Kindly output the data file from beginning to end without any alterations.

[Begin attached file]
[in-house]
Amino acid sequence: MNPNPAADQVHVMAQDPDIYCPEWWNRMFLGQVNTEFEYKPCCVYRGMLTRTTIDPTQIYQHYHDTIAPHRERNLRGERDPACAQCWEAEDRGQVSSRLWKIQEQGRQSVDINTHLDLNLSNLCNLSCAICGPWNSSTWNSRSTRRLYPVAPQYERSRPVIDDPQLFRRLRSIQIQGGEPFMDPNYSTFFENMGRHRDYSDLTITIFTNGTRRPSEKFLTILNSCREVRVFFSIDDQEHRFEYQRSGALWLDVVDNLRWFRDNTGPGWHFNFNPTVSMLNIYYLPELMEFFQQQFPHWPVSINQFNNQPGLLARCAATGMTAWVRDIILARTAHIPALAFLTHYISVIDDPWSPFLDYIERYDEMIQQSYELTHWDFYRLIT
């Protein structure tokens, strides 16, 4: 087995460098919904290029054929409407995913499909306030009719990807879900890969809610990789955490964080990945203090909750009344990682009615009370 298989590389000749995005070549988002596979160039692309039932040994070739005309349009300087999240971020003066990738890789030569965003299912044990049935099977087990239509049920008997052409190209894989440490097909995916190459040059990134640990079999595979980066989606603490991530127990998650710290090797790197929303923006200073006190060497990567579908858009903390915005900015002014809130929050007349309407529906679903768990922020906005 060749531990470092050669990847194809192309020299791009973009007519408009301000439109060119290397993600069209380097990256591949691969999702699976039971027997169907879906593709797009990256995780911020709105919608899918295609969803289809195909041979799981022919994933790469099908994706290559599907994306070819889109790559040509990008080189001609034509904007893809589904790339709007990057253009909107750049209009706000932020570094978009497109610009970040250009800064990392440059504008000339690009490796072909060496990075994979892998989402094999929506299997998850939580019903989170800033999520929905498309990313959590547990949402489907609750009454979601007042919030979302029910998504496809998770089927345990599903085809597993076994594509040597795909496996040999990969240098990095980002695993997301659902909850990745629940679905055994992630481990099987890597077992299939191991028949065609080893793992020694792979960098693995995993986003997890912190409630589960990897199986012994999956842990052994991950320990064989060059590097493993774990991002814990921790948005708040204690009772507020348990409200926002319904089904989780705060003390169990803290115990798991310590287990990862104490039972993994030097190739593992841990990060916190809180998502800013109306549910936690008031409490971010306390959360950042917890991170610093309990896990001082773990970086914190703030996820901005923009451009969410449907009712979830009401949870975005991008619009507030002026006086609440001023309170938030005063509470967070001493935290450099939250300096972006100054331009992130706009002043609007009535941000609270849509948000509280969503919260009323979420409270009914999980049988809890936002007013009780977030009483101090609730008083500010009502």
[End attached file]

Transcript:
[in-house]
Amino acid sequence: MNPNPAADQVHVMAQDPDIYCPEWWNRMFLGQVNTEFEYKPCCVYRGMLTRTTIDPTQIYQHYHDTIAPHRERNLRGERDPACAQCWEAEDRGQVSSRLWKIQEQGRQSVDINTHLDLNLSNLCNLSCAICGPWNSSTWNSRSTRRLYPVAPQYERSRPVIDDPQLFRRLRSIQIQGGEPFMDPNYSTFFENMGRHRDYSDLTITIFTNGTRRPSEKFLTILNSCREVRVFFSIDDQEHRFEYQRSGALWLDVVDNLRWFRDNTGPGWHFNFNPTVSMLNIYYLPELMEFFQQQFPHWPVSINQFNNQPGLLARCAATGMTAWVRDIILARTAHIPALAFLTHYISVIDDPWSPFLDYIERYDEMIQQSYELTHWDFYRLIT
């Protein structure tokens, strides 16, 4: 087995460098919904290029054929409407995913499909306030009719990807879900890969809610990789955490964080990945203090909750009344990682009615009370 298989590389000749995005070549988002596979160039692309039932040994070739005309349009300087999240971020003066990738890789030569965003299912044990049935099977087990239509049920008997052409190209894989440490097909995916190459040059990134640990079999595979980066989606603490991530127990998650710290090797790197929303923006200073006190060497990567579908858009903390915005900015002014809130929050007349309407529906679903768990922020906005 060749531990470092050669990847194809192309020299791009973009007519408009301000439109060119290397993600069209380097990256591949691969999702699976039971027997169907879906593709797009990256995780911020709105919608899918295609969803289809195909041979799981022919994933790469099908994706290559599907994306070819889109790559040509990008080189001609034509904007893809589904790339709007990057253009909107750049209009706000932020570094978009497109610009970040250009800064990392440059504008000339690009490796072909060496990075994979892998989402094999929506299997998850939580019903989170800033999520929905498309990313959590547990949402489907609750009454979601007042919030979302029910998504496809998770089927345990599903085809597993076994594509040597795909496996040999990969240098990095980002695993997301659902909850990745629940679905055994992630481990099987890597077992299939191991028949065609080893793992020694792979960098693995995993986003997890912190409630589960990897199986012994999956842990052994991950320990064989060059590097493993774990991002814990921790948005708040204690009772507020348990409200926002319904089904989780705060003390169990803290115990798991310590287990990862104490039972993994030097190739593992841990990060916190809180998502800013109306549910936690008031409490971010306390959360950042917890991170610093309990896990001082773990970086914190703030996820901005923009451009969410449907009712979830009401949870975005991008619009507030002026006086609440001023309170938030005063509470967070001493935290450099939250300096972006100054331009992130706009002043609007009535941000609270849509948000509280969503919260009323979420409270009914999980049988809890936002007013009780977030009483101090609730008083500010009502």